Morning Oregonian. (Portland, Or.) 1861-1937, June 26, 1919, Page 22, Image 23

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Uniform System Desired for
Fitting Out Vessels.
Iortlan4 Will Be Under Setmle Of
fice, With General Supervisor
, Stationed at San Francisco.
Reorganisation of the working force
of the division or construction and re
pairs of the division of operation of
is necessary to have one of the large
steamers there, tbe Nahcotta. which is
there in all seasons, not having suffi
cient capacity.
It was safd yesterday there was no
truth In reports that the liner Rose
City was to be laid up soon to have a
new cylinder head installed. One has
been ordered and some time will be
required to turn it out, so at an oppor
tune period the ship will be out of
service for a short time, but that is
not expected to be during the vacation-;
Pacific Commt Shipping- Vvttm.
ASTORIA. Or.. June -'. The tug- Sam
son, from Portland., sailed at 4 o'clock
till mornlna- for Grays Harbor.
I He tmrvenr tiert steamer Fort Bntll-
tnr arrived from Portland and sailed at
3:30 this moraine for Grays Harbor to
load ties and lumber.
The emergency fleet steamer Mahanna
arrived from Portland at 10:30 this morning-
and is awaiting the arrival of her pa
pers from the Portland custom bouse, ir
Ihey arrive, she will sail early tomorrow
morning: for Grays Harbor.
ABERDEEN-, Wash.. June I J. (Special.)
The steamer Tahoe. reported yesterday
on a mud bank la the lower harbor, lies
In a position from which it max be diffi
cult to extricate her. The Tahoe lies about
mile and a half below the Black tank.
and Is on a sandspit several feet outside
the channel. At low tide she Is high ana
dry. An attempt to pull her off at high
tide last night failed. Two other tugs will
try again today. D.-cdglnr to the main
Deputies Ask Inquiry Into Loss
of Teuton Fleet.
Board of Experts Will Decide
Armistice Provisions Were Vio
lated by Scuttling.
the shipping board will take place July I charnel may have to be resorted to to
1. the step being mainly one for per
fecting a uniform system as regards
vessels and their fitting out.
C. 11 Klipgaard of San Francisco,
now chief inspector, will have general
supervision along the. coast and nextj
in point of executive authority will be
A. R. Hunt, chief Inspector at fceattie.
while Portland will be under the Seat-
Let the Tahoe into the wster again
The Sarkentine Makaweli, in tow of the
rug Peerless, arrived late yesterday from
San Francisco and Is at the Endresen
shipyard, i where two masts wHl be In
r tailed. This work will taks sbout two
weeks. Thereafter the Makaweli will pro
ceed to the Aberdeen lumber and shingle
mllle to load a earn for Callao.
Steamer Grays Harbor sailed at a o'clock
tie office with Fred Smith, now port '' '"L'i'Si.! l,iub"
' " , I pen y mill. Hoquiamu
serving as assistant inspector. Here-1 fleet steamer Fort Snelllng ar-
t of ore Robert Brown haa been inspect-1 rived this afternoon, snd will load ties at
or at Portland, but he recently tendered the Grays Harbor Lumber company's plant
his resignation and It was determined I Hoquiam.
to abolish the position. i I TACOMA. Wash., June 15. (Special.)
The reorganization onngs ino portion sccount of the large amount of freigh-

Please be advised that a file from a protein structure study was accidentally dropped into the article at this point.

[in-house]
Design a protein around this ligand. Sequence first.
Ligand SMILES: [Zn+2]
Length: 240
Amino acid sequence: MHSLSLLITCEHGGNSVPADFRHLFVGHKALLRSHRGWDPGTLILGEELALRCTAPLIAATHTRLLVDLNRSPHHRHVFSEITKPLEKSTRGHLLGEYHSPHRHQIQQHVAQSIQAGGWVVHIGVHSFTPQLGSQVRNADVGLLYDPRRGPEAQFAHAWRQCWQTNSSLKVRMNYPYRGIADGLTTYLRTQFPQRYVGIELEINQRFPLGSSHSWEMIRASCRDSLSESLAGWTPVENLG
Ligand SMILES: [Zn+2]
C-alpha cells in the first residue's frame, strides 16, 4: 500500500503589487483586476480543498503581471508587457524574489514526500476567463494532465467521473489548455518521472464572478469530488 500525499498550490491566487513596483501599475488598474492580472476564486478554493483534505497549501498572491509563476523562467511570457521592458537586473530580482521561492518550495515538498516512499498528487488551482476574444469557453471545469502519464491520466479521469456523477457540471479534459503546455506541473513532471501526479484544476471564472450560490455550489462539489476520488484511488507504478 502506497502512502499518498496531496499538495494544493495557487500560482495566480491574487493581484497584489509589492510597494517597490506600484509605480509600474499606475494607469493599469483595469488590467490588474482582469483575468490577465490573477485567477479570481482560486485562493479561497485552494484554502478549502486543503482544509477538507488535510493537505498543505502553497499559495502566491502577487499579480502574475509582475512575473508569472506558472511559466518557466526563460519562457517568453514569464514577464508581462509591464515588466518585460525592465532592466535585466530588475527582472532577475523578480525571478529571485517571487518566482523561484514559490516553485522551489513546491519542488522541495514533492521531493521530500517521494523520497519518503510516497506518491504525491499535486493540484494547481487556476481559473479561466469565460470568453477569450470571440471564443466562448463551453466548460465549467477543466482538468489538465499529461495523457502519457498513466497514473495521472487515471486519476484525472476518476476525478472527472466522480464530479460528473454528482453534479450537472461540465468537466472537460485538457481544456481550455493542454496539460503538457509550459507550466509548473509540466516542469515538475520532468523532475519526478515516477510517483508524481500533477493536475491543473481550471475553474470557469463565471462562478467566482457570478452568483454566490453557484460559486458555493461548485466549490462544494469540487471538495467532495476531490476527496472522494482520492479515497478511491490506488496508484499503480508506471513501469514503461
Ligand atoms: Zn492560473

captain and port steward of the di- out from Tacoma on the Governor, this ves
vision of operation under the division sel will not get away from here before
of construction and repairs. The some time tomorrow. The vessel is loading
change does not alter th4 position of 1r mount ".""."i ' v,'.,!
. t. -..,.. . , .K voyage. The Governor is stopping here sbout
C. D. Kennedy. Portland agent of the ',,.- k .,,.i sh. arrived Tuesday
division of operation, the construction I night- )
and repairs branch being really an off-I when the Eldridge sslls from Tacoma xer
shoot of the operating division and I Vladivostok tomorrow she will take an un-
he shipping board the parent of both. I usual amount of heavy rreignt out irom
The present arrangement la for aere. This Is made up of auto trucks and
; , , , . - I h.avy machinery. Longshoremen have had
.vii.i,; u. w.u . I considerable difficulty In handling the cargo.
tentative or tne construction aivision. Th. Nome city is scheduled to sail for
one of the performance division and I pn Francisco Thursdsy with a full carfco of
another of.the conatruction and repairs i lumber, while the Fred Baxter and Daven
division to nasa on new shins before I Dort from San Francisco are due. The Daven-
their acceptance- from the builders Port Is going to pick up lumber from the
A":.17T1',f.r.0rr.1'r.fkM!?U.'hP; 'h.O.en. the 11th ste.mer put out at the
ment is then taken care of under the T(d(1 ,nt4,y,.rd.. was successfully Isunched
direction of the construction division, ner. th evening. The Osslntng. from this
of which Fred B. Pape is in charge in yard, will be turned over to the shipping
Portland. I board Thursday and Friday the Quittacas
It la said experience at Sari Francis-I undergoes trial runs.
P.,. .r,H n Pni sntmri h.s First Officer Brown, of the stesmshlp
varied in some respects, both in deal-
nr with builders and in the final
equipment furnished vessels, so by vir
tue of the reorganisation it is hoped to
make the system uniform.
Governor, bss been sssigned ss skipper to
one of the United States shipping board's
Urge steel ships, sccording to word Just re